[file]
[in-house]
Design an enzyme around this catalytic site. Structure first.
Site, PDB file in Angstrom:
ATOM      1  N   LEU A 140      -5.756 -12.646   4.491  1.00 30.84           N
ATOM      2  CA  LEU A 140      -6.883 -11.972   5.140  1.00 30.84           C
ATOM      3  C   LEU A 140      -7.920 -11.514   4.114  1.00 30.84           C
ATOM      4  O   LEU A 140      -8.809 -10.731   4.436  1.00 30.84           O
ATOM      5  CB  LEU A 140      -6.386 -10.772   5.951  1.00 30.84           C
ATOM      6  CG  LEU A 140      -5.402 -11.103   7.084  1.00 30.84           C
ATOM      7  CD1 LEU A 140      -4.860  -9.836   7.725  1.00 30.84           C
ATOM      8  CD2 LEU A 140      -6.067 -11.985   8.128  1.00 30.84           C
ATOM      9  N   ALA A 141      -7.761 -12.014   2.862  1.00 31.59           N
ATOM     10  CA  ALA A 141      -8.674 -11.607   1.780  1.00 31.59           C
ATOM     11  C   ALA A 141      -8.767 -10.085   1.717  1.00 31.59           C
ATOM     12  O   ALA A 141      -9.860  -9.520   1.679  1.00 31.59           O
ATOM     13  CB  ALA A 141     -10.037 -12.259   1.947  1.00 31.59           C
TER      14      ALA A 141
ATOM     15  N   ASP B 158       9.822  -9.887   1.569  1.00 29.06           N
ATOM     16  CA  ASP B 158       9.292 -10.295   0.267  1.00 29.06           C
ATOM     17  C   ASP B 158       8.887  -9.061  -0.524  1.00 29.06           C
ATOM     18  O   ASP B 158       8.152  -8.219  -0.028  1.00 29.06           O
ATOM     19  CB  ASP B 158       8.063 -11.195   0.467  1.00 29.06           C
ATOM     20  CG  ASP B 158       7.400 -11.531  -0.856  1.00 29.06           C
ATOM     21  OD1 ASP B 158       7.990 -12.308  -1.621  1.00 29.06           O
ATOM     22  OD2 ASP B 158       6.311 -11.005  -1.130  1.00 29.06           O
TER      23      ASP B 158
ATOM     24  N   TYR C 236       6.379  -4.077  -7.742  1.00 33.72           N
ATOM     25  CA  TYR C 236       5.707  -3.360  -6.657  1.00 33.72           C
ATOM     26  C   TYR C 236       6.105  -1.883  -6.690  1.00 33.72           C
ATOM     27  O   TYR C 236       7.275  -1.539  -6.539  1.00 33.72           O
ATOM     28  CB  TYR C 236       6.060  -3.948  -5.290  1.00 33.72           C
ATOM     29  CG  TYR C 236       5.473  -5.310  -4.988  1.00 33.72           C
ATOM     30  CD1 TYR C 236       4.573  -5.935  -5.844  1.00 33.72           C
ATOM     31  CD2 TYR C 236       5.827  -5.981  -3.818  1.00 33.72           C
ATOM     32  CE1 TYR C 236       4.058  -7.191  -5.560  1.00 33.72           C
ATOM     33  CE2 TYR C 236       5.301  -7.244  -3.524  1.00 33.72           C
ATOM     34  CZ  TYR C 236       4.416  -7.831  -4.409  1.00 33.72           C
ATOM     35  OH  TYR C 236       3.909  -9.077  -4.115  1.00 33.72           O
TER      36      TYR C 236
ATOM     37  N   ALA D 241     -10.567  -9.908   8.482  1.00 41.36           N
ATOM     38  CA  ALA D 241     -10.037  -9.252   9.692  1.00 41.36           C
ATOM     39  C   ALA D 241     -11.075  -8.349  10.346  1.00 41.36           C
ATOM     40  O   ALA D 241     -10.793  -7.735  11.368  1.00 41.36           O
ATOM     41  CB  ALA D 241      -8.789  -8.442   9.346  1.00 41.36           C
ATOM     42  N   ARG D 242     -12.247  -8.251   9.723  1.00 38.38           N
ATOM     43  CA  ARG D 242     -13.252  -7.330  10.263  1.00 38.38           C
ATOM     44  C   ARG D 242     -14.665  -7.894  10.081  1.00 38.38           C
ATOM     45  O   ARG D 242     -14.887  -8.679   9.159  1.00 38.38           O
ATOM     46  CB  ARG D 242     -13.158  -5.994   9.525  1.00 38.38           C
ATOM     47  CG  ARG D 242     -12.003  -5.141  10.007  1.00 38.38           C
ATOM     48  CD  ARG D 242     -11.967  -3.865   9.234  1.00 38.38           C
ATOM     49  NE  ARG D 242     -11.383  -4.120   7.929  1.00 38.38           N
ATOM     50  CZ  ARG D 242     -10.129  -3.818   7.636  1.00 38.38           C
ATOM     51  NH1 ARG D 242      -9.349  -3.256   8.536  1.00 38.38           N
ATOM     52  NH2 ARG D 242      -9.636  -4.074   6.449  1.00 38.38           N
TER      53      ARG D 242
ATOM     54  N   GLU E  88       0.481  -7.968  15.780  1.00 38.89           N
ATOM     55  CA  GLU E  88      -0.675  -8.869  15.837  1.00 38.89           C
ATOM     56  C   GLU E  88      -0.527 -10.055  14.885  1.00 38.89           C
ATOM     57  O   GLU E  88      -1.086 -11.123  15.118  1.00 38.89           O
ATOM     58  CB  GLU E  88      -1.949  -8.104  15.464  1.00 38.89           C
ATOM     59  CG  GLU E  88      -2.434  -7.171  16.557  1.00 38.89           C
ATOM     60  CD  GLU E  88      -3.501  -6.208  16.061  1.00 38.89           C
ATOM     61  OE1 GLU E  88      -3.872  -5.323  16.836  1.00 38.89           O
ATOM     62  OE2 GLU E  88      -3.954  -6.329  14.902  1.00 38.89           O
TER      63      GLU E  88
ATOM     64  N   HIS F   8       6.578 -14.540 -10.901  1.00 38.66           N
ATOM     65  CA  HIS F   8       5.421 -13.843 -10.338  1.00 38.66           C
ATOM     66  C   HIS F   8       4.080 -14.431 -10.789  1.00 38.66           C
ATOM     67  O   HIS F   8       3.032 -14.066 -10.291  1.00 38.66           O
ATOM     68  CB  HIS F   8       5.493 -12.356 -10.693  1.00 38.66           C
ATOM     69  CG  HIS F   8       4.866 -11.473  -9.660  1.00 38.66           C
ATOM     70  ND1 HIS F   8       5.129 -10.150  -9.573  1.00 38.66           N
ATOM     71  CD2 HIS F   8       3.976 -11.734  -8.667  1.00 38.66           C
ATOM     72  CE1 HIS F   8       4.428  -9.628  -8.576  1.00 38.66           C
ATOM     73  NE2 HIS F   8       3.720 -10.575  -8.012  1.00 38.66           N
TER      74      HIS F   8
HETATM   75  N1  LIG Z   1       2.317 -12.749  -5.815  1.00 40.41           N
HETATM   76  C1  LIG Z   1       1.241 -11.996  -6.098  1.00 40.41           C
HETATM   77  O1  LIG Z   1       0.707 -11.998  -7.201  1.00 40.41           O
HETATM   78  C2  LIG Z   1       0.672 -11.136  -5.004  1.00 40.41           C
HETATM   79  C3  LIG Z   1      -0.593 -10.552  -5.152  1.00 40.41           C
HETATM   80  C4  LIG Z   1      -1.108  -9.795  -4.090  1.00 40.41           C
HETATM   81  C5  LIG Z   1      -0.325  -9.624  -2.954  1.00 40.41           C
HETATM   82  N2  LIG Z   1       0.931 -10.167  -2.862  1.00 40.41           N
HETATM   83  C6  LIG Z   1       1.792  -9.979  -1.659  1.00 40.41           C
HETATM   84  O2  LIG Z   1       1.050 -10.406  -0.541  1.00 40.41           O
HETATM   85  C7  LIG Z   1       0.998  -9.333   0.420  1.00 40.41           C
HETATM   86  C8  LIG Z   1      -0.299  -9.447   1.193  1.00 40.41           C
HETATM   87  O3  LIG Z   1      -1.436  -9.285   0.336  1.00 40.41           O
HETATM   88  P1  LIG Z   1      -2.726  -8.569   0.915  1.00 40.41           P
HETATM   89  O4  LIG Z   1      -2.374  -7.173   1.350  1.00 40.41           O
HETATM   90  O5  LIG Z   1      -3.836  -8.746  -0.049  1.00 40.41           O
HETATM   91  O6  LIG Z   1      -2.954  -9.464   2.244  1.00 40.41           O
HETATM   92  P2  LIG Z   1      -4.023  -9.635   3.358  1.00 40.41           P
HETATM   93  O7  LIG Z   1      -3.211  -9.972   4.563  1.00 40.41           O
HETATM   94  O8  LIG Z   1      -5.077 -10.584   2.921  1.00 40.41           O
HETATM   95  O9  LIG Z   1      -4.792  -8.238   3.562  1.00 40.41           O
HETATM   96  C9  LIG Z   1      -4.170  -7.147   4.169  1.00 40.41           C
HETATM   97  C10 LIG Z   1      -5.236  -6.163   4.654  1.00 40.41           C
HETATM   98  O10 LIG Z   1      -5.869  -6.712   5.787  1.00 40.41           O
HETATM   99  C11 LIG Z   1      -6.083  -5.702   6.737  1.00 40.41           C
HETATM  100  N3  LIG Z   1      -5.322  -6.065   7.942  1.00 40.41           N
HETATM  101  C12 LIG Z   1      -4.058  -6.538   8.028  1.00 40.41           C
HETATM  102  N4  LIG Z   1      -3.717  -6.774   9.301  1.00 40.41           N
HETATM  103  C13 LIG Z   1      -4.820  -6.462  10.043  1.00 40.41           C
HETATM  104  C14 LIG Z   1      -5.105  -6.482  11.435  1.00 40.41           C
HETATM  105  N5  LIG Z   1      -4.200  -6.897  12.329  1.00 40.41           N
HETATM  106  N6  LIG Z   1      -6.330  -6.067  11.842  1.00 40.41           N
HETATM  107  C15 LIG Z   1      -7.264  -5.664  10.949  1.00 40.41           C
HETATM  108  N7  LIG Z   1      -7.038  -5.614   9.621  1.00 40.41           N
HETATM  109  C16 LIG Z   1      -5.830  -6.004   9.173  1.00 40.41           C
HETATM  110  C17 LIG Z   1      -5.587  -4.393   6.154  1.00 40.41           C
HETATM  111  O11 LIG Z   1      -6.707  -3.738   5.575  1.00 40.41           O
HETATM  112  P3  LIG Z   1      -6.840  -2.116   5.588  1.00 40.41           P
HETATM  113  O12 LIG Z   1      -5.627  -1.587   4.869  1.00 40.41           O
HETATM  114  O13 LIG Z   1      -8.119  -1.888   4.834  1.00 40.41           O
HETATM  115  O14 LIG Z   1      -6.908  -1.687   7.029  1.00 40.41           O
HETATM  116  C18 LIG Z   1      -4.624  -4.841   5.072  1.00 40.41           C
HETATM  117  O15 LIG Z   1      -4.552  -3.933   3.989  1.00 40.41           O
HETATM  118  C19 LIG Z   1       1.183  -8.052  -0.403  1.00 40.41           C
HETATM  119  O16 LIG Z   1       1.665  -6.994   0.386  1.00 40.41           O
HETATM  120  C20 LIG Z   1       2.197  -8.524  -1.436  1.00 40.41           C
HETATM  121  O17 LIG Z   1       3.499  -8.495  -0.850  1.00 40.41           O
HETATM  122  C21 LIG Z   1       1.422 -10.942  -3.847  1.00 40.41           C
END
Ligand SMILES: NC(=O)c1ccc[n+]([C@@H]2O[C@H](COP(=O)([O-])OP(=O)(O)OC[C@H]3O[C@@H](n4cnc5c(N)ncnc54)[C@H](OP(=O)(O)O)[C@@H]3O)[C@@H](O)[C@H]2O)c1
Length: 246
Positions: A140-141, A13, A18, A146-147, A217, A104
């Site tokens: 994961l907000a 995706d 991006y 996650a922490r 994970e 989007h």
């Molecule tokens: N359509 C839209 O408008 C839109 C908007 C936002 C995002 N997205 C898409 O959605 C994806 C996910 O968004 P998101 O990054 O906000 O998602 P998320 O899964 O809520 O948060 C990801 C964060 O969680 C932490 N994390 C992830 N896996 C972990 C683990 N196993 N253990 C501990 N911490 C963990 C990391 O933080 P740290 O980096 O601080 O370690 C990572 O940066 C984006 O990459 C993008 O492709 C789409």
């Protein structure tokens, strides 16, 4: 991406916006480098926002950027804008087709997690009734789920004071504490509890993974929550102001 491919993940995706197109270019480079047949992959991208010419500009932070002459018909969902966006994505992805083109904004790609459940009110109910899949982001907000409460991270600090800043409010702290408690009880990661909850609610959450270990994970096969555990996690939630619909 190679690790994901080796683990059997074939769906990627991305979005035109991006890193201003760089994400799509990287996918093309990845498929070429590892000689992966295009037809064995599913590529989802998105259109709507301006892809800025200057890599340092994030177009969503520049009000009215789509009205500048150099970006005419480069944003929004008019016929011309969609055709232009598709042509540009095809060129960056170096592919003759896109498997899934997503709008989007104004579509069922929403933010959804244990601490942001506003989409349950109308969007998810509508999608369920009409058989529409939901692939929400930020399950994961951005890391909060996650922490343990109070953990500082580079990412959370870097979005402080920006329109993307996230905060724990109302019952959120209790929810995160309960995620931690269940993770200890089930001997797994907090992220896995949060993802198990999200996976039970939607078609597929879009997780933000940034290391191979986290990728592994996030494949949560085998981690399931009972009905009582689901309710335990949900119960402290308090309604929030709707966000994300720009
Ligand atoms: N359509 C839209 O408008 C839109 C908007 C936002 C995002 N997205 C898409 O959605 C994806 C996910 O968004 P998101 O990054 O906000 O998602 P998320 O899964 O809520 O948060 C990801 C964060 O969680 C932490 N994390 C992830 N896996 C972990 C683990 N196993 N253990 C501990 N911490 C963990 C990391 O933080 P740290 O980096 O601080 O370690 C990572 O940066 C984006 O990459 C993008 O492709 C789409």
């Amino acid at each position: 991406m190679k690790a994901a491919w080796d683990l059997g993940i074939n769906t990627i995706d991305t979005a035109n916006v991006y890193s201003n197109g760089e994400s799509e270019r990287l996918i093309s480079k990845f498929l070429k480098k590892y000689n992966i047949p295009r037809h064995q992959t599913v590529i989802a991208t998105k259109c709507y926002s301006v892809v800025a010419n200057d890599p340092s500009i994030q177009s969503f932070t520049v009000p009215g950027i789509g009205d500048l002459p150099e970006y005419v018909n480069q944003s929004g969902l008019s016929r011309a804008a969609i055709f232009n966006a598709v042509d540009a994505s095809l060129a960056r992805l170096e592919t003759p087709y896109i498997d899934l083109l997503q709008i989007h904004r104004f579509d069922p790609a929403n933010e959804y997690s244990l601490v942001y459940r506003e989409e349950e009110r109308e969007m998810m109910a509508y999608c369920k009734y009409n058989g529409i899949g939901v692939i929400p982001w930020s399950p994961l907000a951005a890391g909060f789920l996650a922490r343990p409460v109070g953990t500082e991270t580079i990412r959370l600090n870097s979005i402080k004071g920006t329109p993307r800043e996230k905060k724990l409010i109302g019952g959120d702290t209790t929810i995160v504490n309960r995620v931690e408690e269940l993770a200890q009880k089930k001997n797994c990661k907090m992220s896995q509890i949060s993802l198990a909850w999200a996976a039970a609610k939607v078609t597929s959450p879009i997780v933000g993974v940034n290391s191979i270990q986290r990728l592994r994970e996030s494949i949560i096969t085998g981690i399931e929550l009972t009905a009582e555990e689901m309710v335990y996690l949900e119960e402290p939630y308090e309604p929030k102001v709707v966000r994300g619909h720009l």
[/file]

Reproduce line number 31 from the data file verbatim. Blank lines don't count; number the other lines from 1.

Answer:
ATOM     28  CB  TYR C 236       6.060  -3.948  -5.290  1.00 33.72           C